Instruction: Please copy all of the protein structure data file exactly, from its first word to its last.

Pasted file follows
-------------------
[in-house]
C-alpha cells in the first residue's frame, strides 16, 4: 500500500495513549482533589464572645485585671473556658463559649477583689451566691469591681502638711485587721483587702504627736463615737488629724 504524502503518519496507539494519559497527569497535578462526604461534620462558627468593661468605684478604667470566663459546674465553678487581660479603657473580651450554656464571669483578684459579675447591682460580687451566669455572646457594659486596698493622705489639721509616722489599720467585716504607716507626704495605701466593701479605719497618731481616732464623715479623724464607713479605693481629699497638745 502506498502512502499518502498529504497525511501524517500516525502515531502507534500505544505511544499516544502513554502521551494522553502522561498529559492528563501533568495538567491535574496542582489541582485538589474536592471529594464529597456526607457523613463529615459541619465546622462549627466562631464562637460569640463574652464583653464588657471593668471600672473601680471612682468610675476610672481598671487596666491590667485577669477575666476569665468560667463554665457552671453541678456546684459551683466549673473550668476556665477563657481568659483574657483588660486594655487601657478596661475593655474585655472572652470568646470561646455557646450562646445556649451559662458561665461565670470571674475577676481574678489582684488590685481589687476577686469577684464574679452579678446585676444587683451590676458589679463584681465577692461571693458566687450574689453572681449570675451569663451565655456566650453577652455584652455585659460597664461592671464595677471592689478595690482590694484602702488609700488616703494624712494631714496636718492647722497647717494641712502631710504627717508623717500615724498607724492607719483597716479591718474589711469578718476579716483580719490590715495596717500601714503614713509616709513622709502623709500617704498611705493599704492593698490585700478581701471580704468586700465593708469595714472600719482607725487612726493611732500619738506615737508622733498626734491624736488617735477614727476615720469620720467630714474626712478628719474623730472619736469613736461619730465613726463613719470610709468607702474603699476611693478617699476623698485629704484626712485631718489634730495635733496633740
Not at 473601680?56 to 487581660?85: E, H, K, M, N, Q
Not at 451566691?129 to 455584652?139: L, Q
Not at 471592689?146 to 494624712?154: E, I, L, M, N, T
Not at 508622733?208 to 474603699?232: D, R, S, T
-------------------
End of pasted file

[in-house]
C-alpha cells in the first residue's frame, strides 16, 4: 500500500495513549482533589464572645485585671473556658463559649477583689451566691469591681502638711485587721483587702504627736463615737488629724 504524502503518519496507539494519559497527569497535578462526604461534620462558627468593661468605684478604667470566663459546674465553678487581660479603657473580651450554656464571669483578684459579675447591682460580687451566669455572646457594659486596698493622705489639721509616722489599720467585716504607716507626704495605701466593701479605719497618731481616732464623715479623724464607713479605693481629699497638745 502506498502512502499518502498529504497525511501524517500516525502515531502507534500505544505511544499516544502513554502521551494522553502522561498529559492528563501533568495538567491535574496542582489541582485538589474536592471529594464529597456526607457523613463529615459541619465546622462549627466562631464562637460569640463574652464583653464588657471593668471600672473601680471612682468610675476610672481598671487596666491590667485577669477575666476569665468560667463554665457552671453541678456546684459551683466549673473550668476556665477563657481568659483574657483588660486594655487601657478596661475593655474585655472572652470568646470561646455557646450562646445556649451559662458561665461565670470571674475577676481574678489582684488590685481589687476577686469577684464574679452579678446585676444587683451590676458589679463584681465577692461571693458566687450574689453572681449570675451569663451565655456566650453577652455584652455585659460597664461592671464595677471592689478595690482590694484602702488609700488616703494624712494631714496636718492647722497647717494641712502631710504627717508623717500615724498607724492607719483597716479591718474589711469578718476579716483580719490590715495596717500601714503614713509616709513622709502623709500617704498611705493599704492593698490585700478581701471580704468586700465593708469595714472600719482607725487612726493611732500619738506615737508622733498626734491624736488617735477614727476615720469620720467630714474626712478628719474623730472619736469613736461619730465613726463613719470610709468607702474603699476611693478617699476623698485629704484626712485631718489634730495635733496633740
Not at 473601680?56 to 487581660?85: E, H, K, M, N, Q
Not at 451566691?129 to 455584652?139: L, Q
Not at 471592689?146 to 494624712?154: E, I, L, M, N, T
Not at 508622733?208 to 474603699?232: D, R, S, T